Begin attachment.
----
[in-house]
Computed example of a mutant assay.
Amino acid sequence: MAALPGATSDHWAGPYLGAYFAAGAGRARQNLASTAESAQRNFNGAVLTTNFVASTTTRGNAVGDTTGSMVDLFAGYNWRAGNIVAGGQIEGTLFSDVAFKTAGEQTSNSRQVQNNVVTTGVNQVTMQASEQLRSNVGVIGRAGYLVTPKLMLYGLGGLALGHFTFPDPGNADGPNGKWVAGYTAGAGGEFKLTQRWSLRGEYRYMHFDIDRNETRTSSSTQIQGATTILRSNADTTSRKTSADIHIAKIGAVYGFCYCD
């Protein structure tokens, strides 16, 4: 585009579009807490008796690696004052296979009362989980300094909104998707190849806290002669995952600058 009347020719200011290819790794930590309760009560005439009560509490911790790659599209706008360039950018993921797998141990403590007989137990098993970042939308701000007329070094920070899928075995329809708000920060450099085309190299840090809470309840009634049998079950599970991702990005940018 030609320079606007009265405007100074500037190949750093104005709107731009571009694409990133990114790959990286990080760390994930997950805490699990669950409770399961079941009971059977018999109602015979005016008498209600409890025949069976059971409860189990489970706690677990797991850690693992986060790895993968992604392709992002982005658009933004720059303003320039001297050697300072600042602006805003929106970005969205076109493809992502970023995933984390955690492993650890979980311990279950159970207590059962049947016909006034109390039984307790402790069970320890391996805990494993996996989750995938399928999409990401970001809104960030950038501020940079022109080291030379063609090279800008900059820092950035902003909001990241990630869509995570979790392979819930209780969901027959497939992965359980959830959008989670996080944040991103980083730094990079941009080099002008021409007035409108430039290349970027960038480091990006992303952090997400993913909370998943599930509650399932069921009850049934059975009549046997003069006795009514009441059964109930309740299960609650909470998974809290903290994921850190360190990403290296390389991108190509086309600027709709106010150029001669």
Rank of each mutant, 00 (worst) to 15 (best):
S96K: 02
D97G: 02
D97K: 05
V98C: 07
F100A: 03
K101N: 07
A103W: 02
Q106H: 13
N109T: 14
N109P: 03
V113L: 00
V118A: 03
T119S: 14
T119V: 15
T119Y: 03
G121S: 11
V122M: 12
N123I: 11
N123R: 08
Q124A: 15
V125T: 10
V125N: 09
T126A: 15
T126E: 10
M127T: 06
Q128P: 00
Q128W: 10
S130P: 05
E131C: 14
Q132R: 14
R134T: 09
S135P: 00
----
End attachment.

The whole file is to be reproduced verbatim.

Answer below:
[in-house]
Computed example of a mutant assay.
Amino acid sequence: MAALPGATSDHWAGPYLGAYFAAGAGRARQNLASTAESAQRNFNGAVLTTNFVASTTTRGNAVGDTTGSMVDLFAGYNWRAGNIVAGGQIEGTLFSDVAFKTAGEQTSNSRQVQNNVVTTGVNQVTMQASEQLRSNVGVIGRAGYLVTPKLMLYGLGGLALGHFTFPDPGNADGPNGKWVAGYTAGAGGEFKLTQRWSLRGEYRYMHFDIDRNETRTSSSTQIQGATTILRSNADTTSRKTSADIHIAKIGAVYGFCYCD
């Protein structure tokens, strides 16, 4: 585009579009807490008796690696004052296979009362989980300094909104998707190849806290002669995952600058 009347020719200011290819790794930590309760009560005439009560509490911790790659599209706008360039950018993921797998141990403590007989137990098993970042939308701000007329070094920070899928075995329809708000920060450099085309190299840090809470309840009634049998079950599970991702990005940018 030609320079606007009265405007100074500037190949750093104005709107731009571009694409990133990114790959990286990080760390994930997950805490699990669950409770399961079941009971059977018999109602015979005016008498209600409890025949069976059971409860189990489970706690677990797991850690693992986060790895993968992604392709992002982005658009933004720059303003320039001297050697300072600042602006805003929106970005969205076109493809992502970023995933984390955690492993650890979980311990279950159970207590059962049947016909006034109390039984307790402790069970320890391996805990494993996996989750995938399928999409990401970001809104960030950038501020940079022109080291030379063609090279800008900059820092950035902003909001990241990630869509995570979790392979819930209780969901027959497939992965359980959830959008989670996080944040991103980083730094990079941009080099002008021409007035409108430039290349970027960038480091990006992303952090997400993913909370998943599930509650399932069921009850049934059975009549046997003069006795009514009441059964109930309740299960609650909470998974809290903290994921850190360190990403290296390389991108190509086309600027709709106010150029001669």
Rank of each mutant, 00 (worst) to 15 (best):
S96K: 02
D97G: 02
D97K: 05
V98C: 07
F100A: 03
K101N: 07
A103W: 02
Q106H: 13
N109T: 14
N109P: 03
V113L: 00
V118A: 03
T119S: 14
T119V: 15
T119Y: 03
G121S: 11
V122M: 12
N123I: 11
N123R: 08
Q124A: 15
V125T: 10
V125N: 09
T126A: 15
T126E: 10
M127T: 06
Q128P: 00
Q128W: 10
S130P: 05
E131C: 14
Q132R: 14
R134T: 09
S135P: 00